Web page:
Still, the story is cute enough not to stop watching, there is enough winking at comedy-drama tropes (can you say Weekend at Bernie’s?)

to cause smiles of recognition, and I can never get enough of Jackie Shroff.

Akshaye, sorry to say, is the unfunniest thing ever in this film; fortunately, he’s more often called upon to be the straight man than to provide the yuks.  Here’s an example of what passes for a funny scene:  Jai and Kishan infiltrating Anjali’s family compound in the guise of a cow.

If you insist on seeing it, at least it’s free and subtitled on YouTube:

Verdict on Akshaye:  C to C-.  Play your own age, buddy.

 

So what have I learned?  I admit to an adoration of Akshaye’s father Vinod Khanna, a frequent bromantic pairing with Amitabh Bachchan. But my opinion of Akshaye still stands:  his work is uneven (good = Border, Dil Chahta Hai and Tees Maar Khan; OK = Aa Ab Laut Chalen; not-so-good = everything else, including the otherwise excellent Taal, where he reminded me of a limp dishrag), his hair is mostly terrible, and for some reason he strikes me as an actor who doesn’t quite know what to do with his hands, or with himself when he doesn’t have a line—there’s that unsure awkwardness about him that a better actor can turn to advantage and which he does not seem to be able to accomplish often enough.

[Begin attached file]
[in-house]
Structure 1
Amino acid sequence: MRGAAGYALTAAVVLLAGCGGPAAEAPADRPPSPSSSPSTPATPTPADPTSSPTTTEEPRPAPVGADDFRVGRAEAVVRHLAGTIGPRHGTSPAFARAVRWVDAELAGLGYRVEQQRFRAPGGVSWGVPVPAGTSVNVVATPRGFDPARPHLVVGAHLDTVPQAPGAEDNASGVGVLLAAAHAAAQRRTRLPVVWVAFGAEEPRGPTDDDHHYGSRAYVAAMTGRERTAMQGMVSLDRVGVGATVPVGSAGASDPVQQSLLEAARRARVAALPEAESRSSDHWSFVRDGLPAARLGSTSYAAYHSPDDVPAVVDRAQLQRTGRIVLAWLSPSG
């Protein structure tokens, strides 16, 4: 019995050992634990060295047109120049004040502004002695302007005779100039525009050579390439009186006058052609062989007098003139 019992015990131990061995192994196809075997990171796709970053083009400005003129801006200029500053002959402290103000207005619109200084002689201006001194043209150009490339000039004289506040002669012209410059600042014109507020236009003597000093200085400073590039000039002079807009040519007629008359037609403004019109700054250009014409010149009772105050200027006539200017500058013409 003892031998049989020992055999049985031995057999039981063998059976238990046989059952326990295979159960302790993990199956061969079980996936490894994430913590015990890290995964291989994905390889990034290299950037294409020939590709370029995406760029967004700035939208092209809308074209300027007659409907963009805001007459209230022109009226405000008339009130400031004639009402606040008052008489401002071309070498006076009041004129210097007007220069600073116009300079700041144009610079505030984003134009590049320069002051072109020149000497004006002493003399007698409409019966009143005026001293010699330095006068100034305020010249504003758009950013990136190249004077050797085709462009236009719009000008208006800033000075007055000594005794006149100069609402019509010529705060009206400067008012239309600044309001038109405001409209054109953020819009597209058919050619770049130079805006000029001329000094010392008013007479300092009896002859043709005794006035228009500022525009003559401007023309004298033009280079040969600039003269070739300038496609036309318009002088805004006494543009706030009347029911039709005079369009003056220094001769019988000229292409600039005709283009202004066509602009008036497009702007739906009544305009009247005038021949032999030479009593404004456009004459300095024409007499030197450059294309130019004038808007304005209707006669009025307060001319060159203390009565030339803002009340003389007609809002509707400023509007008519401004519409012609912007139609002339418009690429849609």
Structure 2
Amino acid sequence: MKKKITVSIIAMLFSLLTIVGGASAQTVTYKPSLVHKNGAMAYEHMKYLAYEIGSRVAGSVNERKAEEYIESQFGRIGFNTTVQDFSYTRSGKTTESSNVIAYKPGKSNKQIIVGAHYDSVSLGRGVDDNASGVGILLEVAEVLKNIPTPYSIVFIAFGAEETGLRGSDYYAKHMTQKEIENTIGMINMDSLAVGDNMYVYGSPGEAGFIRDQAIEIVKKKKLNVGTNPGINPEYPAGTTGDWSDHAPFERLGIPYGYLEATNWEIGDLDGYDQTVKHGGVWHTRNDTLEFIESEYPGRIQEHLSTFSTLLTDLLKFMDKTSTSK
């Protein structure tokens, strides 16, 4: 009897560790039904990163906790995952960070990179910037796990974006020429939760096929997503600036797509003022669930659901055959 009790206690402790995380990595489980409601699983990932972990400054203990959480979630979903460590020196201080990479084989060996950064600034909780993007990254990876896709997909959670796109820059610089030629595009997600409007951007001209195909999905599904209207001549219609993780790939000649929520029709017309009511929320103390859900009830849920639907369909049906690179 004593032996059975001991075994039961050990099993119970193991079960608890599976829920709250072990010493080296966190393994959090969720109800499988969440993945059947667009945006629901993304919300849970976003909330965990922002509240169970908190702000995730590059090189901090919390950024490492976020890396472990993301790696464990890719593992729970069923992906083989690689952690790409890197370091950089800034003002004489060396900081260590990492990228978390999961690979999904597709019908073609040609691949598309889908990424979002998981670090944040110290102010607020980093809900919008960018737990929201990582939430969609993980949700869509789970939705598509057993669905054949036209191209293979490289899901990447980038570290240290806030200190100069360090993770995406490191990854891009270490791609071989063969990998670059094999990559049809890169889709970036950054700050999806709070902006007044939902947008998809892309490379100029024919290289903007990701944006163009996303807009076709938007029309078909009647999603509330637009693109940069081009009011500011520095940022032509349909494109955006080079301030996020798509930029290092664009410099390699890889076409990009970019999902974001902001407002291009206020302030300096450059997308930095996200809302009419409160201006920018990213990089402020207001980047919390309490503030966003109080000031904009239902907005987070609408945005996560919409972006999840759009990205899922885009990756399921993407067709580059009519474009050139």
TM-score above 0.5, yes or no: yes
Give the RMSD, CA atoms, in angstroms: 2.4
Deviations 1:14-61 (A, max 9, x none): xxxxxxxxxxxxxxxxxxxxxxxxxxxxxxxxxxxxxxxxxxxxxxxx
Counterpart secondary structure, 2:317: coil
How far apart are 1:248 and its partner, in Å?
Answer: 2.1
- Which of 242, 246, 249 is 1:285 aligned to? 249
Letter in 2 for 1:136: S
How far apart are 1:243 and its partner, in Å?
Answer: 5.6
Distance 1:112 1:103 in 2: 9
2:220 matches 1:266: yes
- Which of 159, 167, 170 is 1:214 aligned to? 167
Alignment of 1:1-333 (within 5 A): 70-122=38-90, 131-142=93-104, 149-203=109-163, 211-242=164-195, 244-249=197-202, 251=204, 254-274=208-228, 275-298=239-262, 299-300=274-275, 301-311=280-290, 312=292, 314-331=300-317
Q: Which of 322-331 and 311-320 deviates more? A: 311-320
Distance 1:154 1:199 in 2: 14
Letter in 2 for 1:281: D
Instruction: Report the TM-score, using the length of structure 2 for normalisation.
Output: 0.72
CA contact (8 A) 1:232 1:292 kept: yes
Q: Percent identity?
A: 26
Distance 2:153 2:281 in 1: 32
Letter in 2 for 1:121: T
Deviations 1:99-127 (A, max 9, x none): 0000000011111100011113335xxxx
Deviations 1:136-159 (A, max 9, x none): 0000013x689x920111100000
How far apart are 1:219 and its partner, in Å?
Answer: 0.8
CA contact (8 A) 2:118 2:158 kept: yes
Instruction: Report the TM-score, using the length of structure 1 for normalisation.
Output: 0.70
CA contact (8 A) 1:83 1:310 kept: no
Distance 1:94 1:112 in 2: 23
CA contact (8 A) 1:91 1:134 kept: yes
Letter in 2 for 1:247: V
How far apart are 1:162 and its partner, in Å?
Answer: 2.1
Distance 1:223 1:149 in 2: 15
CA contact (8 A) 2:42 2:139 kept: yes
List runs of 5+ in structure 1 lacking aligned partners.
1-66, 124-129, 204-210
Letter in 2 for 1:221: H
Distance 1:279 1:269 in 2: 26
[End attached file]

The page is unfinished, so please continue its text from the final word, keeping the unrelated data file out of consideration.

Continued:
I also find it funny that just as we were starting this challenge, one of our mutually favorite bloggers, Filmi Girl, wrote a post about Akshaye wherein she calls him a “terrible hero” and praises his TMK performance.  I love it when people agree with me.

October 22, 2014: More Chin, More Hair

We continue with our Akshaye Khanna mini-film-fest with another early one, thankfully this time with a FilmiGori’s favorite leading lady.

Aa Ab Laut Chalen (“Come, Let’s Go Back”, 1999) has Akshaye as Rohan, a good-looking, educated, upstanding young man who leaves behind his widowed mother in India as he searches for gainful employment and riches in America. Dazzled by a cousin’s success, and then betrayed by the same cousin upon arrival, Rohan reluctantly takes a taxi-driving job, where he meets the shy, beautiful Pooja (Aishwarya Rai). Pooja has her own problems: arriving in the U.S. at the invitation of her brother, she finds out that his ulterior motive is to marry her off to his boss so he can get a promotion. Rohan gallantly swoops in to rescue her, takes her back to his rooming house, and finds her a job so she can earn a plane ticket back to India.